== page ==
The incident in Greece not only sparked an international search for her biological parents but also put the spotlight on the treatment of Greece’s Roma, making it uncomfortably clear how quickly Europe could still be whipped into racist hysteria. The unfortunate story of Little Maria tapped into myths of greedy gypsies stealing innocent children from their parents’ grasp.

Rather than acknowledging the failure to ensure the human rights of the Roma, some European leaders have chosen to blame Roma themselves for failing to integrate. Last year David Blunkett suggested that the arrival of Roma immigrants in the UK could cause an “explosion”. Speaking to BBC Radio Sheffield, he said of those who had recently arrived in the UK “. . . you've got to adhere to our standards, and to our way of behaving, and if you do then you'll get a welcome and people will support you.”

Of course, Nigel Farage was there to back Blunkett for his courage to speak so plainly on the issue. Politicians should stop blaming Roma communities for not adapting to British society and instead focus on stamping out discrimination against the Roma rather than fuelling the public with a nineteenth century moral panic.

The Roma couple charged with abducting Maria will soon have their legal fate decided. But Maria, like other Roma children across the European continent, will still have to navigate herself through a lifetime of suffering, unemployment, discrimination and a life expectancy that is 10 years below the rest of Europe.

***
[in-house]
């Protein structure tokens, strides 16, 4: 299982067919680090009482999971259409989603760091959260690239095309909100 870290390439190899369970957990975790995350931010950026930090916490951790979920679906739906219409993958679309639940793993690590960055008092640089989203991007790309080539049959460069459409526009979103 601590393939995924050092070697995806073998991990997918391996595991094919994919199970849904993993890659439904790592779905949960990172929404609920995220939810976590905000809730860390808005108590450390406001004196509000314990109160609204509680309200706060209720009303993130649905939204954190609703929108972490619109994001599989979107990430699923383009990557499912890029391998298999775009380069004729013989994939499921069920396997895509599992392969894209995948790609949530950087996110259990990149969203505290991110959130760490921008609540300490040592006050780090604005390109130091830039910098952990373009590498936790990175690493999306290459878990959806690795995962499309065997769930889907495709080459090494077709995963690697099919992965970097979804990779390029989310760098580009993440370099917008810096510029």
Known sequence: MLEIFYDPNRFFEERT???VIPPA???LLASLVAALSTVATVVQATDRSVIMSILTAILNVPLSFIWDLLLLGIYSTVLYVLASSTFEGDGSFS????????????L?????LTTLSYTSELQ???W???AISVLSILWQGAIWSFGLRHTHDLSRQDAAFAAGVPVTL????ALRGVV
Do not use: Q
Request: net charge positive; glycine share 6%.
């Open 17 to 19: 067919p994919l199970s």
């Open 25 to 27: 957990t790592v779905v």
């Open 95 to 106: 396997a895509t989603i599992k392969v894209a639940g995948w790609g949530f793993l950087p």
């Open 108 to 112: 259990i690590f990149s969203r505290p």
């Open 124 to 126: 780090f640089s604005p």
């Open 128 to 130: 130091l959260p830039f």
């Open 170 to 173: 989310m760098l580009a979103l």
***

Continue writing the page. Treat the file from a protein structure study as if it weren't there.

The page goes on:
Editor's note, 10 April: this piece has been updated to correct inaccuracies in the reporting of David Blunkett's BBC Radio Sheffield interview

Ashley Cowburn writes about politics and is the winner of the Anthony Howard Award 2014. He tweets @ashcowburn

 

 

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On the "one-state" solution to Israel and Palestine, what did Donald Trump mean?

The US President seemed to dismantle two decades of foreign policy in his press conference with Benjamin Netanyahu. 

If the 45th President of the United States wasn’t causing enough chaos at home, he has waded into the world’s most intricate conflict – Israel/Palestine. 

Speaking alongside Israeli Prime Minister Benjamin Netanyahu, Trump made an apparently off-the-cuff comment that has reverberated around the world. 

Asked what he thought about the future of the troubled region, he said: “I’m looking at two-state and one-state and I like the one that both parties like.”

To the uninformed observer, this comment might seem fairly tame by Trump standards. But it has the potential to dismantle the entire US policy on the Israeli-Palestinian peace process. Trump said he could "live with" either a two-state or one-state solution.